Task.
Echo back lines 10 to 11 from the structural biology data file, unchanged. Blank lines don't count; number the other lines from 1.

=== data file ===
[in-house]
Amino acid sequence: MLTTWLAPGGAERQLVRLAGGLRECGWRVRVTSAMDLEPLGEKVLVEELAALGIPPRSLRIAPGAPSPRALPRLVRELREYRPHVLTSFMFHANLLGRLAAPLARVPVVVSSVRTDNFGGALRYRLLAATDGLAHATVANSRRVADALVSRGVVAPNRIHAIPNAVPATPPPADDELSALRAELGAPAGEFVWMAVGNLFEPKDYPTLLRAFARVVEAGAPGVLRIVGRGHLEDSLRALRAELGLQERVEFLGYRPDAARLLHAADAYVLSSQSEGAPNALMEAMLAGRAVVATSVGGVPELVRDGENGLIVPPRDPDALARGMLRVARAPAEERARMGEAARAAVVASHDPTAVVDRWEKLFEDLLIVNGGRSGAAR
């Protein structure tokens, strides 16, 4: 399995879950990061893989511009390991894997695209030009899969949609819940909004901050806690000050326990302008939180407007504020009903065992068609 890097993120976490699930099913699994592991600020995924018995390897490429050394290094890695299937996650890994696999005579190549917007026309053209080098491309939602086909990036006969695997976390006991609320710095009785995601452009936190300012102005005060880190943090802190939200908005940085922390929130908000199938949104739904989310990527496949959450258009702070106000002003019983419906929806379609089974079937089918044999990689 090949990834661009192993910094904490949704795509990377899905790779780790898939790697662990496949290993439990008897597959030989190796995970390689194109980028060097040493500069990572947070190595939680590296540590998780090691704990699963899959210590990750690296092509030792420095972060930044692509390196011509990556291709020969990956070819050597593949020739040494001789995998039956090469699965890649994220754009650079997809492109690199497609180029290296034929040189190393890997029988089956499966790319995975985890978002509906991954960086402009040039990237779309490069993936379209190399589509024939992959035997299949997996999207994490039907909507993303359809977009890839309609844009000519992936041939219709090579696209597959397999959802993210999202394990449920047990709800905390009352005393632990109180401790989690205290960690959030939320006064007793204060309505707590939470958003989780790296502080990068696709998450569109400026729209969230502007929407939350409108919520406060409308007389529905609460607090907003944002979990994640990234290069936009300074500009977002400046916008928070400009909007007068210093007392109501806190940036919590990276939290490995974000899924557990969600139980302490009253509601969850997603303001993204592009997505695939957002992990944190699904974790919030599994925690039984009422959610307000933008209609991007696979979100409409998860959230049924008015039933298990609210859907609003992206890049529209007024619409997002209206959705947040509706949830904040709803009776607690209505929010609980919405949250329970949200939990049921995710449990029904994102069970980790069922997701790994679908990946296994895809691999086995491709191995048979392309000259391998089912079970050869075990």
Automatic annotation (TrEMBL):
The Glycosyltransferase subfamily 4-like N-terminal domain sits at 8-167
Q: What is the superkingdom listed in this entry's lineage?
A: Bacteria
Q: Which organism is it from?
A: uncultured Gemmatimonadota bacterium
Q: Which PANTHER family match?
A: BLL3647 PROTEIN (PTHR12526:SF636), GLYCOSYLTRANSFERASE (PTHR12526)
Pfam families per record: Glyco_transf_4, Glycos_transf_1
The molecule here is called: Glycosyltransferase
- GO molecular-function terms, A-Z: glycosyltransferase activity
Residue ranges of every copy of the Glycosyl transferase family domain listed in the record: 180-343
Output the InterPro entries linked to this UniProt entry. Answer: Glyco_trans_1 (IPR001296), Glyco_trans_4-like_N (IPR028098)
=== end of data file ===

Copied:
Q: Which PANTHER family match?
A: BLL3647 PROTEIN (PTHR12526:SF636), GLYCOSYLTRANSFERASE (PTHR12526)